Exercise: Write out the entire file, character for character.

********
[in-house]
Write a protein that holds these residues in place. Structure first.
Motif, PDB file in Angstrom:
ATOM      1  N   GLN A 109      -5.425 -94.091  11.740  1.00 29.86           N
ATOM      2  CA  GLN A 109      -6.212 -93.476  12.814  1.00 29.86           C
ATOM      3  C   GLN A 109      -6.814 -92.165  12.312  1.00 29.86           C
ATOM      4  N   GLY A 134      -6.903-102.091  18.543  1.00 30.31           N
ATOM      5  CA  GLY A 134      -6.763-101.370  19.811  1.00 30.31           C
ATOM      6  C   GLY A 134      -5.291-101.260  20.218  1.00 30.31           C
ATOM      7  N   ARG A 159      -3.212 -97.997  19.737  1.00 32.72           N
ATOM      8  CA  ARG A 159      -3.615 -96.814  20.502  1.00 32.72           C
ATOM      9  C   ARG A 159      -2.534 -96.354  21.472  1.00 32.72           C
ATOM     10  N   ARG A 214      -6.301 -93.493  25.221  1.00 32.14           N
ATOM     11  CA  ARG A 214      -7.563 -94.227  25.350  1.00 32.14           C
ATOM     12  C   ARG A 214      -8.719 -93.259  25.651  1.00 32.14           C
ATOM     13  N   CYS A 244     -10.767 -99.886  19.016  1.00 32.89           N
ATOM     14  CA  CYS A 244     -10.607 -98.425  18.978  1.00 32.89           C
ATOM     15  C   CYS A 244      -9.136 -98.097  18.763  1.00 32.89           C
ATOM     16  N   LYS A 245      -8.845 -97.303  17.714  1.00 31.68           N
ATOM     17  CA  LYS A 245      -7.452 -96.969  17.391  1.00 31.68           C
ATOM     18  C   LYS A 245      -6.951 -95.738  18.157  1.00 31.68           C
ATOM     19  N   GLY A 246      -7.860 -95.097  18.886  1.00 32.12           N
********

[in-house]
Write a protein that holds these residues in place. Structure first.
Motif, PDB file in Angstrom:
ATOM      1  N   GLN A 109      -5.425 -94.091  11.740  1.00 29.86           N
ATOM      2  CA  GLN A 109      -6.212 -93.476  12.814  1.00 29.86           C
ATOM      3  C   GLN A 109      -6.814 -92.165  12.312  1.00 29.86           C
ATOM      4  N   GLY A 134      -6.903-102.091  18.543  1.00 30.31           N
ATOM      5  CA  GLY A 134      -6.763-101.370  19.811  1.00 30.31           C
ATOM      6  C   GLY A 134      -5.291-101.260  20.218  1.00 30.31           C
ATOM      7  N   ARG A 159      -3.212 -97.997  19.737  1.00 32.72           N
ATOM      8  CA  ARG A 159      -3.615 -96.814  20.502  1.00 32.72           C
ATOM      9  C   ARG A 159      -2.534 -96.354  21.472  1.00 32.72           C
ATOM     10  N   ARG A 214      -6.301 -93.493  25.221  1.00 32.14           N
ATOM     11  CA  ARG A 214      -7.563 -94.227  25.350  1.00 32.14           C
ATOM     12  C   ARG A 214      -8.719 -93.259  25.651  1.00 32.14           C
ATOM     13  N   CYS A 244     -10.767 -99.886  19.016  1.00 32.89           N
ATOM     14  CA  CYS A 244     -10.607 -98.425  18.978  1.00 32.89           C
ATOM     15  C   CYS A 244      -9.136 -98.097  18.763  1.00 32.89           C
ATOM     16  N   LYS A 245      -8.845 -97.303  17.714  1.00 31.68           N
ATOM     17  CA  LYS A 245      -7.452 -96.969  17.391  1.00 31.68           C
ATOM     18  C   LYS A 245      -6.951 -95.738  18.157  1.00 31.68           C
ATOM     19  N   GLY A 246      -7.860 -95.097  18.886  1.00 32.12           N